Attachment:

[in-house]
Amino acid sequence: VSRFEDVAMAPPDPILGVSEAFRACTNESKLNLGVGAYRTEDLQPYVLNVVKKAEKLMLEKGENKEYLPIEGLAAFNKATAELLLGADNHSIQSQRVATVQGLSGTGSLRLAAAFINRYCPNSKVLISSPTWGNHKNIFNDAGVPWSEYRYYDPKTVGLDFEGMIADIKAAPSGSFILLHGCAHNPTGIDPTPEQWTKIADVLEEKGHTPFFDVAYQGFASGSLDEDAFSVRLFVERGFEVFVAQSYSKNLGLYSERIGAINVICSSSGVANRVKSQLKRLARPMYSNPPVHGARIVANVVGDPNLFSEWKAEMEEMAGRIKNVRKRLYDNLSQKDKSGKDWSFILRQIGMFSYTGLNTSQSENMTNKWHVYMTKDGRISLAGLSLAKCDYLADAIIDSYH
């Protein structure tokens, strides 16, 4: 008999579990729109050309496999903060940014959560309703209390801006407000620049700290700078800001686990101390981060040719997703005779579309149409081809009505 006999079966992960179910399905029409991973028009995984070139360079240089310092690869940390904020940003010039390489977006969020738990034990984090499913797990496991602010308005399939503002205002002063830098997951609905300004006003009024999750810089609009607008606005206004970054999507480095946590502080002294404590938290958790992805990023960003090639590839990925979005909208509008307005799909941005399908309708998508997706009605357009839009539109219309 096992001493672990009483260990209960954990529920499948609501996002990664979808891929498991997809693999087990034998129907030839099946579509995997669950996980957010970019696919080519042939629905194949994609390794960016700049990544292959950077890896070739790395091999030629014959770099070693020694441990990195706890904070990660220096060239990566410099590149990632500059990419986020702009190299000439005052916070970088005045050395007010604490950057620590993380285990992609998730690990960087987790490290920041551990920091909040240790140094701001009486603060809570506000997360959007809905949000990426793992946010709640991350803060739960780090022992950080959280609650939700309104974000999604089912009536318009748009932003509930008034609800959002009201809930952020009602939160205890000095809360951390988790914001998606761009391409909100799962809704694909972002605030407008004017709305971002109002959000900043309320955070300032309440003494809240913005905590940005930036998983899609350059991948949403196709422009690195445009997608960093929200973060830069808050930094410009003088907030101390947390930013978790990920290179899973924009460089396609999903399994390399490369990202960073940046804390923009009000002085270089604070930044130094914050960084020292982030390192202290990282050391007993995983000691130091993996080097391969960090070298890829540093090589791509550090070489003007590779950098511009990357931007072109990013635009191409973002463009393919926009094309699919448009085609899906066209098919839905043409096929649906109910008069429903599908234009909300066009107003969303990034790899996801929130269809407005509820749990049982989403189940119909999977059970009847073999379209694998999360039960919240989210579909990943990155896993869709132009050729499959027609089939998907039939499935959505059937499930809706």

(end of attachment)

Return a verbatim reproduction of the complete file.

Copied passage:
[in-house]
Amino acid sequence: VSRFEDVAMAPPDPILGVSEAFRACTNESKLNLGVGAYRTEDLQPYVLNVVKKAEKLMLEKGENKEYLPIEGLAAFNKATAELLLGADNHSIQSQRVATVQGLSGTGSLRLAAAFINRYCPNSKVLISSPTWGNHKNIFNDAGVPWSEYRYYDPKTVGLDFEGMIADIKAAPSGSFILLHGCAHNPTGIDPTPEQWTKIADVLEEKGHTPFFDVAYQGFASGSLDEDAFSVRLFVERGFEVFVAQSYSKNLGLYSERIGAINVICSSSGVANRVKSQLKRLARPMYSNPPVHGARIVANVVGDPNLFSEWKAEMEEMAGRIKNVRKRLYDNLSQKDKSGKDWSFILRQIGMFSYTGLNTSQSENMTNKWHVYMTKDGRISLAGLSLAKCDYLADAIIDSYH
């Protein structure tokens, strides 16, 4: 008999579990729109050309496999903060940014959560309703209390801006407000620049700290700078800001686990101390981060040719997703005779579309149409081809009505 006999079966992960179910399905029409991973028009995984070139360079240089310092690869940390904020940003010039390489977006969020738990034990984090499913797990496991602010308005399939503002205002002063830098997951609905300004006003009024999750810089609009607008606005206004970054999507480095946590502080002294404590938290958790992805990023960003090639590839990925979005909208509008307005799909941005399908309708998508997706009605357009839009539109219309 096992001493672990009483260990209960954990529920499948609501996002990664979808891929498991997809693999087990034998129907030839099946579509995997669950996980957010970019696919080519042939629905194949994609390794960016700049990544292959950077890896070739790395091999030629014959770099070693020694441990990195706890904070990660220096060239990566410099590149990632500059990419986020702009190299000439005052916070970088005045050395007010604490950057620590993380285990992609998730690990960087987790490290920041551990920091909040240790140094701001009486603060809570506000997360959007809905949000990426793992946010709640991350803060739960780090022992950080959280609650939700309104974000999604089912009536318009748009932003509930008034609800959002009201809930952020009602939160205890000095809360951390988790914001998606761009391409909100799962809704694909972002605030407008004017709305971002109002959000900043309320955070300032309440003494809240913005905590940005930036998983899609350059991948949403196709422009690195445009997608960093929200973060830069808050930094410009003088907030101390947390930013978790990920290179899973924009460089396609999903399994390399490369990202960073940046804390923009009000002085270089604070930044130094914050960084020292982030390192202290990282050391007993995983000691130091993996080097391969960090070298890829540093090589791509550090070489003007590779950098511009990357931007072109990013635009191409973002463009393919926009094309699919448009085609899906066209098919839905043409096929649906109910008069429903599908234009909300066009107003969303990034790899996801929130269809407005509820749990049982989403189940119909999977059970009847073999379209694998999360039960919240989210579909990943990155896993869709132009050729499959027609089939998907039939499935959505059937499930809706």